Snow leopard

The snow leopard’s powerful build allows it to scale great steep slopes with ease. Its hind legs give the snow leopard the ability to leap six times the length of its body. A long tail provides balance and agility and also wraps around the resting snow leopard as protection from the cold.

For millennia, this magnificent cat was the king of the mountains. The mountains were rich with their prey such as blue sheep, Argali wild sheep, ibex, marmots, pikas and hares. Snow leopards are found in 12 countries—including China, Bhutan, Nepal, India, Pakistan, Afghanistan, Russia, and Mongolia—but their population is dropping.

  • STATUS
    Endangered
  • POPULATION
    total estimated 4,080-6,590
  • SCIENTIFIC NAME
    Panthera uncia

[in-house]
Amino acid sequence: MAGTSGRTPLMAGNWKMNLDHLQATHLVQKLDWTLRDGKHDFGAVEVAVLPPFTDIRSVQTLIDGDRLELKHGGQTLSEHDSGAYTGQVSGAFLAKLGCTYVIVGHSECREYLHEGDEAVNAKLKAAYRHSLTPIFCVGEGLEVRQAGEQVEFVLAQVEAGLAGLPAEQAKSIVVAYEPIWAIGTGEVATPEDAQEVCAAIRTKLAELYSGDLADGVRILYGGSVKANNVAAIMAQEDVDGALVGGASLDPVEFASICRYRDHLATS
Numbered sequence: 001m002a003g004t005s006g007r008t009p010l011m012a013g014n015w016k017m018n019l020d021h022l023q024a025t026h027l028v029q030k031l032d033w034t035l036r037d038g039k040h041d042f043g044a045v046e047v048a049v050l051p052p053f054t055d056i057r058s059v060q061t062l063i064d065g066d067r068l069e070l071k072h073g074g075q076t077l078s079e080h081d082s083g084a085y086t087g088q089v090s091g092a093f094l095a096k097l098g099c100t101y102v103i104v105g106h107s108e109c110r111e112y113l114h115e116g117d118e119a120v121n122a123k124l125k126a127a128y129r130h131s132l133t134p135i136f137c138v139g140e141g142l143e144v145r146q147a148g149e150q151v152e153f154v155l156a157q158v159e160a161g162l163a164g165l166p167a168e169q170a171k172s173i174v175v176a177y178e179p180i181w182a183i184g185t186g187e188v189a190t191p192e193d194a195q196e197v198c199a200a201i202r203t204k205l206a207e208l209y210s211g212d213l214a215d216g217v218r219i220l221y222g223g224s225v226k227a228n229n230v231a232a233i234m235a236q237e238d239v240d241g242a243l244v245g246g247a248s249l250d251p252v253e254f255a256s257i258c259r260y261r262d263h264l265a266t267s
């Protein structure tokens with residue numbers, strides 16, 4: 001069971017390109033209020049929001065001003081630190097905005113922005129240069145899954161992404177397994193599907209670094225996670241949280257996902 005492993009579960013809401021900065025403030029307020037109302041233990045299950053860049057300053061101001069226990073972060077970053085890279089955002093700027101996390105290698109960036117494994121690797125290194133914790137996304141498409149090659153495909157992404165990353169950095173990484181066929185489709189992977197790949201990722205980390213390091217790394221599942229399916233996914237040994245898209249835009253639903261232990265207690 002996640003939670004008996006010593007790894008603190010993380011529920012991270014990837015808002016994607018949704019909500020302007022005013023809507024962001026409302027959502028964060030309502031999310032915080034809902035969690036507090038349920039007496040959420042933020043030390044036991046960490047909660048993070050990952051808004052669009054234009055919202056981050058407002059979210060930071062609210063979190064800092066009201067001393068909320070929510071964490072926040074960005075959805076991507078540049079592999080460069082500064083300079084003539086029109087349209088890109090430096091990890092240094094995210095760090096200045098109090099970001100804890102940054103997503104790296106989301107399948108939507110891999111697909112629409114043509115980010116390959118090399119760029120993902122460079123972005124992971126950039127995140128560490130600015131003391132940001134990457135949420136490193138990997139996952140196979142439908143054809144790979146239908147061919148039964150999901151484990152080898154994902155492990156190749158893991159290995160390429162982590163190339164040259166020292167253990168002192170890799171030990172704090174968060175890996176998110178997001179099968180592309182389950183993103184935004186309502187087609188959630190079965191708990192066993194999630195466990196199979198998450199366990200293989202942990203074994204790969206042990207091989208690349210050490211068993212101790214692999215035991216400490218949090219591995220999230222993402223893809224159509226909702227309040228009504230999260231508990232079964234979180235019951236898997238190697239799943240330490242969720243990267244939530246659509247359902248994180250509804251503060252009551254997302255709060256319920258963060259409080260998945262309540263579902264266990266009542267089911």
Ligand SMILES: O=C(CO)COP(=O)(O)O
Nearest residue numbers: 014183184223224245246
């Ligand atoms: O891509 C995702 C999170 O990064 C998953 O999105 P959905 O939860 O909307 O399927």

• LENGTH
    2-5 ft.
  • HABITATS
    cold high mountains

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The sole predator of snow leopards? Humans. Hunting, habitat loss and retaliatory killings are the main reasons this big cat is now listed as an endangered species.

CLIMATE CHANGE

Climate change poses perhaps the greatest long-term threat to snow leopards. Impacts from climate change could result in a loss of up to 30 percent of the snow leopard habitat in the Himalayas alone.

RETALIATORY KILLINGS

Snow leopards are often killed by local farmers because they prey on livestock such as sheep, goats, horses, and yak calves. The animals which snow leopards would typically hunt—such as the Argali sheep—are also hunted by local communities. As their natural prey becomes harder to find, snow leopards are forced to kill livestock for survival.

HABITAT FRAGMENTATION

The snow leopard habitat range continues to decline from human settlement and increased use of grazing space. This development increasingly fragments the historic range of the species.

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